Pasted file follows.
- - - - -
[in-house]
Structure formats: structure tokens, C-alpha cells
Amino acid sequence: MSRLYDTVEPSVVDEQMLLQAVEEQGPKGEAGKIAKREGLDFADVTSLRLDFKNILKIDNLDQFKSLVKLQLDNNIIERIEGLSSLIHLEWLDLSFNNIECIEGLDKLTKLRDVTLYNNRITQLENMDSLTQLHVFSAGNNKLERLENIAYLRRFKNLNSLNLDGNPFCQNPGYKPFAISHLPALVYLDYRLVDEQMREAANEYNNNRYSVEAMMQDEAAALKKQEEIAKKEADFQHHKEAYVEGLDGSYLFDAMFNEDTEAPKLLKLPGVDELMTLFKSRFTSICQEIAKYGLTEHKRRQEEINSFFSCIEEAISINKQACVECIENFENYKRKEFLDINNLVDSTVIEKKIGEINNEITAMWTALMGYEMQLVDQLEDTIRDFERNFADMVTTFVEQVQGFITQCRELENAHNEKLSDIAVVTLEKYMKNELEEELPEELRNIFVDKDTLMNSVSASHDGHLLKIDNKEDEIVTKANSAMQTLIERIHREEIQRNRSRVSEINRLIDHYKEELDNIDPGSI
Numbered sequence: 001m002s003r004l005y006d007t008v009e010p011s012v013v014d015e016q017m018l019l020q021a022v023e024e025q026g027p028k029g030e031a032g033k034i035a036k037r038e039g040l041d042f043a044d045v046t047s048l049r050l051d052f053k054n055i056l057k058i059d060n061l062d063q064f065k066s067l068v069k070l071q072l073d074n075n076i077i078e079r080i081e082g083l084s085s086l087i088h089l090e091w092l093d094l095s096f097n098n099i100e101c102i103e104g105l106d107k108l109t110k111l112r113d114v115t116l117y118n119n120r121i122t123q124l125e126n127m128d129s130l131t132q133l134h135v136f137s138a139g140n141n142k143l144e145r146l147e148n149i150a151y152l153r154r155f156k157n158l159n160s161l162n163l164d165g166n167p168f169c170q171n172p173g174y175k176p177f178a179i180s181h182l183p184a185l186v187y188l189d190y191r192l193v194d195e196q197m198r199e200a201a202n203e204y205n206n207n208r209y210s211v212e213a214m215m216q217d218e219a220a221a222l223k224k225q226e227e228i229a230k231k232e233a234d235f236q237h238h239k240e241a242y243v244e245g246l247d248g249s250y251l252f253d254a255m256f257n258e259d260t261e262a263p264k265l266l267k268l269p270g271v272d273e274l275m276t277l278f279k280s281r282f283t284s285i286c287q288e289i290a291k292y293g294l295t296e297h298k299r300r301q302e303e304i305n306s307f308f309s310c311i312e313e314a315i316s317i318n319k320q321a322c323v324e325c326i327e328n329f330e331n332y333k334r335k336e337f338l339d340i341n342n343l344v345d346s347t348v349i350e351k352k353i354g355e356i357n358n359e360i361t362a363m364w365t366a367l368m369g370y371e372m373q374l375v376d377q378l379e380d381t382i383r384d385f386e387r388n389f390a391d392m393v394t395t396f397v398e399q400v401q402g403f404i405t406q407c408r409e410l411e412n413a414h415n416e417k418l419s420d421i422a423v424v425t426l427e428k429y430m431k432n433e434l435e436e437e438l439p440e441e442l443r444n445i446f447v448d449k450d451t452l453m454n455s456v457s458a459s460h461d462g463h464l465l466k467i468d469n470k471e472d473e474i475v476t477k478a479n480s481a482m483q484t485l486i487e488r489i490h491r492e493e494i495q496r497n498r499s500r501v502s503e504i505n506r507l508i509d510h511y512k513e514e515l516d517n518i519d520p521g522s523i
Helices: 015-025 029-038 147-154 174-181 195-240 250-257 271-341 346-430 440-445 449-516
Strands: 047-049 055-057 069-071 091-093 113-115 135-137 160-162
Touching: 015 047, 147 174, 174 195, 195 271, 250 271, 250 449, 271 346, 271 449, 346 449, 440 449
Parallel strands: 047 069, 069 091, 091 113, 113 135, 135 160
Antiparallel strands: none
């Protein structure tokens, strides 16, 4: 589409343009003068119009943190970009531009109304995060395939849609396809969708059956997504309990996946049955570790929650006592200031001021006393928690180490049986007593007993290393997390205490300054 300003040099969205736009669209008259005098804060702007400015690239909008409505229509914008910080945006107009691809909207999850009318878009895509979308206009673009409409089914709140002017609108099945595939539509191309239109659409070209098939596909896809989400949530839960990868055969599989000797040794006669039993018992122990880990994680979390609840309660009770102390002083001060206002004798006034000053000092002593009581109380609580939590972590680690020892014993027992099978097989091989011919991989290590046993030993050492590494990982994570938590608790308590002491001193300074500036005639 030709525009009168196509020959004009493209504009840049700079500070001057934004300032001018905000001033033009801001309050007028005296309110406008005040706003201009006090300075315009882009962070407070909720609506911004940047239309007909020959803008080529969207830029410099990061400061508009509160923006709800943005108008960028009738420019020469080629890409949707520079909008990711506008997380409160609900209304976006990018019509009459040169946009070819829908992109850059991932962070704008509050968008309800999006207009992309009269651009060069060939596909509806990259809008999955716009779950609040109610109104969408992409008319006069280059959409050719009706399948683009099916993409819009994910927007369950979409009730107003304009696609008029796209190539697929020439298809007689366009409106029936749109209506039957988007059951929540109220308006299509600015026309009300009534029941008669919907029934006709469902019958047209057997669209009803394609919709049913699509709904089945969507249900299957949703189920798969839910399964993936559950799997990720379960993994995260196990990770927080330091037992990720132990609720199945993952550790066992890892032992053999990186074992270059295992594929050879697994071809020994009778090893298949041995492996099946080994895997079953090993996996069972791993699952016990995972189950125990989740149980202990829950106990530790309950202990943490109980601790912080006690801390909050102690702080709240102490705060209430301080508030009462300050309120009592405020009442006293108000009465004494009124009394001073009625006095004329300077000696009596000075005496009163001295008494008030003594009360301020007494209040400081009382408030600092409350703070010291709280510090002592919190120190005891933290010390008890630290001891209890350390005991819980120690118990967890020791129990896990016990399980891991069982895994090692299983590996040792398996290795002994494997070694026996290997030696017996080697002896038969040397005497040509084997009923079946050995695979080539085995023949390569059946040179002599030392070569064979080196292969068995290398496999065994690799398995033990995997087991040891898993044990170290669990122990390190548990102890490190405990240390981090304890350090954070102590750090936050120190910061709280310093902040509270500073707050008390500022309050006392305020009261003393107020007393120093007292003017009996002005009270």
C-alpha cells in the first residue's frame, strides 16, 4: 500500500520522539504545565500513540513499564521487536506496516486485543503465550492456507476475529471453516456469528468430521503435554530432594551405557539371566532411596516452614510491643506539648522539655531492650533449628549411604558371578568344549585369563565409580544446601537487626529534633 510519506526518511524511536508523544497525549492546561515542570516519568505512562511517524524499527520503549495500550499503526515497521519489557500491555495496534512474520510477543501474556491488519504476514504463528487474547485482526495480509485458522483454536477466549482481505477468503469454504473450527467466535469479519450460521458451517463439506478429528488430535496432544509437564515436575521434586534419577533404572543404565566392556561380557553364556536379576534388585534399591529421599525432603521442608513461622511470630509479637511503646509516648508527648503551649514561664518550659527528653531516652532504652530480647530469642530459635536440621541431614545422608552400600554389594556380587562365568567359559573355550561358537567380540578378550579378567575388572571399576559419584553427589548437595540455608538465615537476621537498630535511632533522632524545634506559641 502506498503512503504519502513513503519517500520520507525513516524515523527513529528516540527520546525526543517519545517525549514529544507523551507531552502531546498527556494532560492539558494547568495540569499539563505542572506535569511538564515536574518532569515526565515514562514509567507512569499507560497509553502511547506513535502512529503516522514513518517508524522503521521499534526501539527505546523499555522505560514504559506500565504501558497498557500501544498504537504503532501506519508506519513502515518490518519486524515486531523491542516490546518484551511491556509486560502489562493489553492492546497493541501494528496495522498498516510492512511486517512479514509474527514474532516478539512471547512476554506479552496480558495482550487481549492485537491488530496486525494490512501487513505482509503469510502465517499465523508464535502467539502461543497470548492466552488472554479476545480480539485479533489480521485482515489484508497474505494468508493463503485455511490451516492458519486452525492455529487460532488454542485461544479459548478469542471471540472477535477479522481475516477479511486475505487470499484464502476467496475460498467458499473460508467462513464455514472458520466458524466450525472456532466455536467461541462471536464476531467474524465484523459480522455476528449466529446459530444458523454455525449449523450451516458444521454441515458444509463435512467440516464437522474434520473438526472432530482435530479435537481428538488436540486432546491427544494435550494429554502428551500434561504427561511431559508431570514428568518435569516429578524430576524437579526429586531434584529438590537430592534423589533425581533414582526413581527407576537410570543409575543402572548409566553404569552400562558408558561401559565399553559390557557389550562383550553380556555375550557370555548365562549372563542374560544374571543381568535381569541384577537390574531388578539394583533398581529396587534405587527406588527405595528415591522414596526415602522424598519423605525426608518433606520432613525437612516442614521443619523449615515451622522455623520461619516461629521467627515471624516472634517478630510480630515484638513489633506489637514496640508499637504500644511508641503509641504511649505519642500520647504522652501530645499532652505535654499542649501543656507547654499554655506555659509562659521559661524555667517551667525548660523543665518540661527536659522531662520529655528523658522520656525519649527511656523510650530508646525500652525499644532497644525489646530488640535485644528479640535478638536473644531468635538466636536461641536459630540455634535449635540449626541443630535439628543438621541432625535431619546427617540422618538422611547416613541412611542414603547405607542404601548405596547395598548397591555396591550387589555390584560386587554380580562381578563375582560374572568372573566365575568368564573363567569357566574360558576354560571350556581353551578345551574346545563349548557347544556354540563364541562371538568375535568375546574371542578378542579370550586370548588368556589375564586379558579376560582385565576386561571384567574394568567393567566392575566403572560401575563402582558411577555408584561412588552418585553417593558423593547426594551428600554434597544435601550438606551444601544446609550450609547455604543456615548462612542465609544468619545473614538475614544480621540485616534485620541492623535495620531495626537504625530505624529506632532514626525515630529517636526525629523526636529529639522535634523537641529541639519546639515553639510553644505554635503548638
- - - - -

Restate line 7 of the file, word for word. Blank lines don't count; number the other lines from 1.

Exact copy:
Touching: 015 047, 147 174, 174 195, 195 271, 250 271, 250 449, 271 346, 271 449, 346 449, 440 449